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July 2, 2012

Four Worst Upcoming Artist Deaths

Bob Dylan (71): When this man dies, an entire ideal with die with him. It hasn’t been cool to “grab a guitar and sing about it” for a very long time. As long as Robert Zimmerman is alive, it will be, even if he wears shiny pants on stage. Some credit should go to the great folk singer Phil Ochs, when praising Bob Dylan. Ochs’ depth of emotion and songwriting ability far surpassed Dylan’s; Dylan mentioned Ochs as an influence, years ago.

When Bob Dylan dies, there will be a collective “huh?” His ability to speak truth untainted by flare is something the world will never forget.

William Shatner (81): Shatner comes as close to a god a mortal can get. It is because of him it’s okay to be a flamboyant technician or a gaudy recording artist. He reminds us there is something valuable in being unafraid. Forget about all of his recent “albums.” Although, when he says “Ground control to Major Tom, commencing countdown,” it makes more sense than it did when Bowie said it.  Shatner, in many ways, is the face of science-fiction. Even non-Star Trek-fans are aware of this. He is known across generations, subcultures, countries, etc.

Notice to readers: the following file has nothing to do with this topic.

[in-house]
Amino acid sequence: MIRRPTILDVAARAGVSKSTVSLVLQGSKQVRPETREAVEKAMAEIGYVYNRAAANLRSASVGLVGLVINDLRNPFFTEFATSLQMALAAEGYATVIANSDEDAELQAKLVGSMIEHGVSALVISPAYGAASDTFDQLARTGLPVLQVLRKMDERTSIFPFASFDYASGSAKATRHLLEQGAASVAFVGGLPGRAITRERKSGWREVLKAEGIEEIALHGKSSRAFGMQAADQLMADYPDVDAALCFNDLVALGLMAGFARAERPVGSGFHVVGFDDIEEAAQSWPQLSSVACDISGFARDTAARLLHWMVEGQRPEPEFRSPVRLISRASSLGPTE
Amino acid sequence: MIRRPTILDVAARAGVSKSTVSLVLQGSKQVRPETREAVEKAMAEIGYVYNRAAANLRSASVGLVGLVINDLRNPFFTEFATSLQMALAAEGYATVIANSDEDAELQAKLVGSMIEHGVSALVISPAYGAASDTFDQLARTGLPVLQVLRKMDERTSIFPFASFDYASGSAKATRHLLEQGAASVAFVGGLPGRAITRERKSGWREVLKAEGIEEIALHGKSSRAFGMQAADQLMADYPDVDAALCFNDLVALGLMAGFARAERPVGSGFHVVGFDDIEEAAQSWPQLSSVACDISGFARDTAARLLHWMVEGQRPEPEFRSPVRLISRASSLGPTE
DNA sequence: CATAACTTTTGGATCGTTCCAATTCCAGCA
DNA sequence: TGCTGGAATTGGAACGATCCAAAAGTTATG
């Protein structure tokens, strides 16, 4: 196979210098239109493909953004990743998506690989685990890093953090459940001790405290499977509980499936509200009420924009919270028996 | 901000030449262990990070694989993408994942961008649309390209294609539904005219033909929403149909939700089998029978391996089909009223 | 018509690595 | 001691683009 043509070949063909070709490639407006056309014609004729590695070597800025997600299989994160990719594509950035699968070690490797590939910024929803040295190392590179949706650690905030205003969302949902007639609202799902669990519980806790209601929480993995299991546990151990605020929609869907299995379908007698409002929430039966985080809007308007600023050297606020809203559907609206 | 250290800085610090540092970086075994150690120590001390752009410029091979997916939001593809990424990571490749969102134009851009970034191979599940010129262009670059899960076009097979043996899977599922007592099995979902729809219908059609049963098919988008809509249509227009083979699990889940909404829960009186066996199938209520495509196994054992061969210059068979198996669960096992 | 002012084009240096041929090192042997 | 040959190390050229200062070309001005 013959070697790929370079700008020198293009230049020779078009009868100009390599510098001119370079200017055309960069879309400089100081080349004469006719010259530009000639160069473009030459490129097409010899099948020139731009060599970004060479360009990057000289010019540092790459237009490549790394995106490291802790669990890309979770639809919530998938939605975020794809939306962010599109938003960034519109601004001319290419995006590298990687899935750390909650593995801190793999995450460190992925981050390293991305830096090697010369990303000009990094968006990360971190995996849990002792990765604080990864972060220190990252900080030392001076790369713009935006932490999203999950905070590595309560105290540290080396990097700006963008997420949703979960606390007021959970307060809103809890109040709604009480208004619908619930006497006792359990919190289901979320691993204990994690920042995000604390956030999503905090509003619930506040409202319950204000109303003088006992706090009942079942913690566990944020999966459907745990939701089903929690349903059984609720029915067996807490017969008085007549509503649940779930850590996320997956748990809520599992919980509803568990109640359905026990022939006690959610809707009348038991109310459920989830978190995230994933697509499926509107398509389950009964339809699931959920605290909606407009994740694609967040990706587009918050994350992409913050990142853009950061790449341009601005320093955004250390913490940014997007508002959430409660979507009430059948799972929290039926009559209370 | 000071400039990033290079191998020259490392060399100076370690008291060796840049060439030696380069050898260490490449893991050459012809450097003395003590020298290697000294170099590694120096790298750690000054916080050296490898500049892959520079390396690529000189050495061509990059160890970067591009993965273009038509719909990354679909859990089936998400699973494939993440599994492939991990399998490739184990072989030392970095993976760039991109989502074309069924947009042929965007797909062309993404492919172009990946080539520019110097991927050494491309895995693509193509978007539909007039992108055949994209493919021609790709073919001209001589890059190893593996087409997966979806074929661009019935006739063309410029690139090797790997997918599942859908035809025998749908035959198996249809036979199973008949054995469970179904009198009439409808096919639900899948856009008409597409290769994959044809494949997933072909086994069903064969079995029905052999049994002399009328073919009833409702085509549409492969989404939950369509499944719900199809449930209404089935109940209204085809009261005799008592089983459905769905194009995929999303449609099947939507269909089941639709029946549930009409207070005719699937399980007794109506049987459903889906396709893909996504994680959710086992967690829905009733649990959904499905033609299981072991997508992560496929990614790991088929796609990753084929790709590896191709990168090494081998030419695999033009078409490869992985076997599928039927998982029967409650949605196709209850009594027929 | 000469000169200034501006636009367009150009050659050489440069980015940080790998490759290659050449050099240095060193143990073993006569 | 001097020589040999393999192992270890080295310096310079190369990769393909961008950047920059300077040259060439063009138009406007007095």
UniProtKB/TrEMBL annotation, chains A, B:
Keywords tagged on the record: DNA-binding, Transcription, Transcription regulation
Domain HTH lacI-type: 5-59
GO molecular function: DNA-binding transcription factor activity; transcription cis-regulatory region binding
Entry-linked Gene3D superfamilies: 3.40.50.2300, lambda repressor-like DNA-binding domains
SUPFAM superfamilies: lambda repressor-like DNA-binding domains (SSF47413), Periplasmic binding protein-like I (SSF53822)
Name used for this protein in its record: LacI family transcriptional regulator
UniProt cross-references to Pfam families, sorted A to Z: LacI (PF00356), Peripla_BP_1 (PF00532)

Shatner has struck out a lot in the past decade, but he is responsible for setting a science-fiction standard. He is, in many ways, the captain of a new sort of human — one capable of imagining things that have never been imagined. In effect, he is the face of a generation’s imagination.

Willie Nelson (79): He wrote some of the best songs (not just country) of our time. He saved country music, or valiantly tried to, from the throes of pop. This is an important thing, as country music is (or should be) one of America’s great cultural achievements.

He led the fight against federal and state governments in the legalization/decriminalization of medical marijuana. He seems to be timeless. He has been effortless in his delivery.

Jack Gilbert (87): Poetry used to be a big deal not only in the US, but around the world. There was a time when simple tropes and metaphors were as meaningful to a populus as music, visual art, dance, etc. Jack Gilbert has tirelessly maintained a form of “simple” poetry since the 1960s — poetry accessible to everyone, not just English professors and poetry snobs. He reminded us that poetry should be also be accessible. Over the last twenty years, he has gone mostly unnoticed, save for the last few years in which he has won significant awards and published a collected volume.

There are many more you may feel I’ve left out. Indeed there are. But as art goes, we pick and choose.

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